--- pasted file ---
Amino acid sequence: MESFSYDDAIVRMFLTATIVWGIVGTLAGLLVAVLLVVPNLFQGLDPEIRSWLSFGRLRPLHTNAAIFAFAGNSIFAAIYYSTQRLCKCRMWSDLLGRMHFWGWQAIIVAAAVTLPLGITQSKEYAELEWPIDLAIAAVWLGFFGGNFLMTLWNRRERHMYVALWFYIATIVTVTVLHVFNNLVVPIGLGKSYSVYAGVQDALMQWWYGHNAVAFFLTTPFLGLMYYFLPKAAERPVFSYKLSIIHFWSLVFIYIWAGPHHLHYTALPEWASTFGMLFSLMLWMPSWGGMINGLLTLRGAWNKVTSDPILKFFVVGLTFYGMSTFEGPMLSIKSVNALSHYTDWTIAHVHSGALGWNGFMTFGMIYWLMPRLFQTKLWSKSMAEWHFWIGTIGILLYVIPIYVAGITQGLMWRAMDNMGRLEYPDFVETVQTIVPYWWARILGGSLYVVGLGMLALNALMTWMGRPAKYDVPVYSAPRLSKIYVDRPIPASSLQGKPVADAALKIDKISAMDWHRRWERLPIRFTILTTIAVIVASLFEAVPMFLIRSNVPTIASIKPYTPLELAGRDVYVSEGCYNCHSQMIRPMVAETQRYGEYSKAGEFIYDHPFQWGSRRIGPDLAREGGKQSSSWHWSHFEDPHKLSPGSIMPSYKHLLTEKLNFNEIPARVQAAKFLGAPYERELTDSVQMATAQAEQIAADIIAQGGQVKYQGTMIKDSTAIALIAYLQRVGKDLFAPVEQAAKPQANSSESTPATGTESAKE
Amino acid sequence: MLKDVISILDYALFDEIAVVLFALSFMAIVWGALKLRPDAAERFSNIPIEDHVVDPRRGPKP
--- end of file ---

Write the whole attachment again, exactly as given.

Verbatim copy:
Amino acid sequence: MESFSYDDAIVRMFLTATIVWGIVGTLAGLLVAVLLVVPNLFQGLDPEIRSWLSFGRLRPLHTNAAIFAFAGNSIFAAIYYSTQRLCKCRMWSDLLGRMHFWGWQAIIVAAAVTLPLGITQSKEYAELEWPIDLAIAAVWLGFFGGNFLMTLWNRRERHMYVALWFYIATIVTVTVLHVFNNLVVPIGLGKSYSVYAGVQDALMQWWYGHNAVAFFLTTPFLGLMYYFLPKAAERPVFSYKLSIIHFWSLVFIYIWAGPHHLHYTALPEWASTFGMLFSLMLWMPSWGGMINGLLTLRGAWNKVTSDPILKFFVVGLTFYGMSTFEGPMLSIKSVNALSHYTDWTIAHVHSGALGWNGFMTFGMIYWLMPRLFQTKLWSKSMAEWHFWIGTIGILLYVIPIYVAGITQGLMWRAMDNMGRLEYPDFVETVQTIVPYWWARILGGSLYVVGLGMLALNALMTWMGRPAKYDVPVYSAPRLSKIYVDRPIPASSLQGKPVADAALKIDKISAMDWHRRWERLPIRFTILTTIAVIVASLFEAVPMFLIRSNVPTIASIKPYTPLELAGRDVYVSEGCYNCHSQMIRPMVAETQRYGEYSKAGEFIYDHPFQWGSRRIGPDLAREGGKQSSSWHWSHFEDPHKLSPGSIMPSYKHLLTEKLNFNEIPARVQAAKFLGAPYERELTDSVQMATAQAEQIAADIIAQGGQVKYQGTMIKDSTAIALIAYLQRVGKDLFAPVEQAAKPQANSSESTPATGTESAKE
Amino acid sequence: MLKDVISILDYALFDEIAVVLFALSFMAIVWGALKLRPDAAERFSNIPIEDHVVDPRRGPKP